|Forum topic by 404 - Not Found||posted 01-05-2013 08:38 PM||935 views||0 times favorited||8 replies|
01-05-2013 08:38 PM
No matter how I look at this job, all I can see is pitfalls.
It is going to be beech, the diagram above shows board orientation only.
There’s a profile to be routed on the ends and front edges.
If I make it from solid beech, the pieces will contract and expand at different rates and eventually it won’t be right. There’s also the end grain to end grain joints which more than likely won’t be perfect. It will inevitably be weak at the joints too.
The only redeeming quality of doing it this way is it wouldn’t take long to make or be terribly complicated to do either.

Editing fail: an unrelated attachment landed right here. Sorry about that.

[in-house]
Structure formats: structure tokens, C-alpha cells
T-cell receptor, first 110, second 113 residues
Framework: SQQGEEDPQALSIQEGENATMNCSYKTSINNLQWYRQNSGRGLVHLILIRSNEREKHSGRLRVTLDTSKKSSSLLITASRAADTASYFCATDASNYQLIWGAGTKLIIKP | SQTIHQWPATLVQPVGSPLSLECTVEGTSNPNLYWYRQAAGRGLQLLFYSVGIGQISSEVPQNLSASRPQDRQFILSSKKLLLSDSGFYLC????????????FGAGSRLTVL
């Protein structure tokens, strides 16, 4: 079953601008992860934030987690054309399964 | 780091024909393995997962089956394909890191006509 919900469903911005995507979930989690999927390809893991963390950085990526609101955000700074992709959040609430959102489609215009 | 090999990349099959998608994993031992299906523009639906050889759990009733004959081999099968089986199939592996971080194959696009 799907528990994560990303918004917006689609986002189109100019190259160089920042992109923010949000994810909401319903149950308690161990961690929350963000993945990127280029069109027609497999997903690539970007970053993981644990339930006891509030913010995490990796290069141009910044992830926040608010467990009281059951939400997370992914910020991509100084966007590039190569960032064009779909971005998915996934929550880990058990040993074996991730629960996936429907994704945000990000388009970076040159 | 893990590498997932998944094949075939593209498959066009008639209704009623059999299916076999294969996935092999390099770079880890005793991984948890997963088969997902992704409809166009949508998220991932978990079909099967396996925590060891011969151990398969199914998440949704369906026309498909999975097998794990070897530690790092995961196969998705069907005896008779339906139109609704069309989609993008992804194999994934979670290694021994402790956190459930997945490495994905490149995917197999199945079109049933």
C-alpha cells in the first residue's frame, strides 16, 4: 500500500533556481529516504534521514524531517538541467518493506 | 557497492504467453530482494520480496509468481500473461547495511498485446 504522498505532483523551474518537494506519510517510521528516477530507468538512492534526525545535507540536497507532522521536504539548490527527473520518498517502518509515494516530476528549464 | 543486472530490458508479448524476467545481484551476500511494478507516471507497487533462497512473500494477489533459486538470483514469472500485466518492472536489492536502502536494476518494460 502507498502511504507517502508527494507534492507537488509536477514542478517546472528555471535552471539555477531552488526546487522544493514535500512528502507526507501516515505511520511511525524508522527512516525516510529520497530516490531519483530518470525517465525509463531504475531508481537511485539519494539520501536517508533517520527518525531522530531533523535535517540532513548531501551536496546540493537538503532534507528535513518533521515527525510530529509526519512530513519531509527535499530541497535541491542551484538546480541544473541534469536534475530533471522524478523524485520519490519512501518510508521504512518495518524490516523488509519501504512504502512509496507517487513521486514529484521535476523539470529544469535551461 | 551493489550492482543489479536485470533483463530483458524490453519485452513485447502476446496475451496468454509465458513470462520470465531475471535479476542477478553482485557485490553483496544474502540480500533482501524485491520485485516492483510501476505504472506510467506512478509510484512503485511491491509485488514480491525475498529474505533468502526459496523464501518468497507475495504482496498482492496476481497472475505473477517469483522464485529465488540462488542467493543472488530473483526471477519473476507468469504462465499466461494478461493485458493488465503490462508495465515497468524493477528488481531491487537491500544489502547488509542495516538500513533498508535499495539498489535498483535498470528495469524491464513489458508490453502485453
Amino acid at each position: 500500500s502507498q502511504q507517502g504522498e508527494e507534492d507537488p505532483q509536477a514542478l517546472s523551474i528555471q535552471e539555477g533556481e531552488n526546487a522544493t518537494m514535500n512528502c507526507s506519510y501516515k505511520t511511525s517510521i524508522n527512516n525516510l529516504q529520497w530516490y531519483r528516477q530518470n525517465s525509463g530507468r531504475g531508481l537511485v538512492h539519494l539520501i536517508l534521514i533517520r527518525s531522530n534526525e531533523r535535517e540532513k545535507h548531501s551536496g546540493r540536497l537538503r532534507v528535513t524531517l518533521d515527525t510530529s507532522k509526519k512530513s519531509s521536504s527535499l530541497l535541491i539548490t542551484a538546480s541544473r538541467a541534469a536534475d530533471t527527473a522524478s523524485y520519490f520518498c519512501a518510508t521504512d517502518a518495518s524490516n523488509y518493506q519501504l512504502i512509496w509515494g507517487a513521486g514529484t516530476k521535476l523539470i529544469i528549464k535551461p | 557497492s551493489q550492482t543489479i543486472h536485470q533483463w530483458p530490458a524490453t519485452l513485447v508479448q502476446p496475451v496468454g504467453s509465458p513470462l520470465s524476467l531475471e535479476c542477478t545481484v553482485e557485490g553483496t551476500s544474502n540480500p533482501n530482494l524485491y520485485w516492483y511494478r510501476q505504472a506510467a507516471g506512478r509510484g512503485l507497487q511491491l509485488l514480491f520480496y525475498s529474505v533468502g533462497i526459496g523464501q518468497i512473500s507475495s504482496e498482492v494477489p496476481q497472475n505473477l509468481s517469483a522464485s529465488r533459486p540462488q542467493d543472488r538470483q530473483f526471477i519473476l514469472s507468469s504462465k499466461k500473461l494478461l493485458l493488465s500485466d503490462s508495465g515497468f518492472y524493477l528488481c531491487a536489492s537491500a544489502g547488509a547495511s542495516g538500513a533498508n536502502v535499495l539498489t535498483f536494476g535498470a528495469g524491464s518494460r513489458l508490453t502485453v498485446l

I could veneer the whole thing on a sheet of mdf. The downside being this will take an enormous amount of time, taking in to account the edges will have to be lipped with solid, then veneer over the top of the lippings, then there’s the curved centre piece to do as well. And to stop it puckering up, it will have to be done both sides. With my primitive veneering set up and the reach that is required for clamping where the boards turn the dogleg, it’s going to be a pain, a test of ultimate will, a heartbreak climb uphill…_
Veneer sections f&b on mdf, join them together. This is still going to be time consuming but easier than option 2, simply for gluing up. On the downside to doing this, we return to the weak joints mentioned in option 1.
This is where you guys come in. What have I missed? What would you do?
I’d appreciate any suggestions or insights you may have. Option 2 is my preferred method, but I’m really not looking forward to doing it. As a postscript, the primitive veneering method mentioned includes making the 1/16 veneers myself. There is a very good chance that my saw won’t be able to handle that much beech.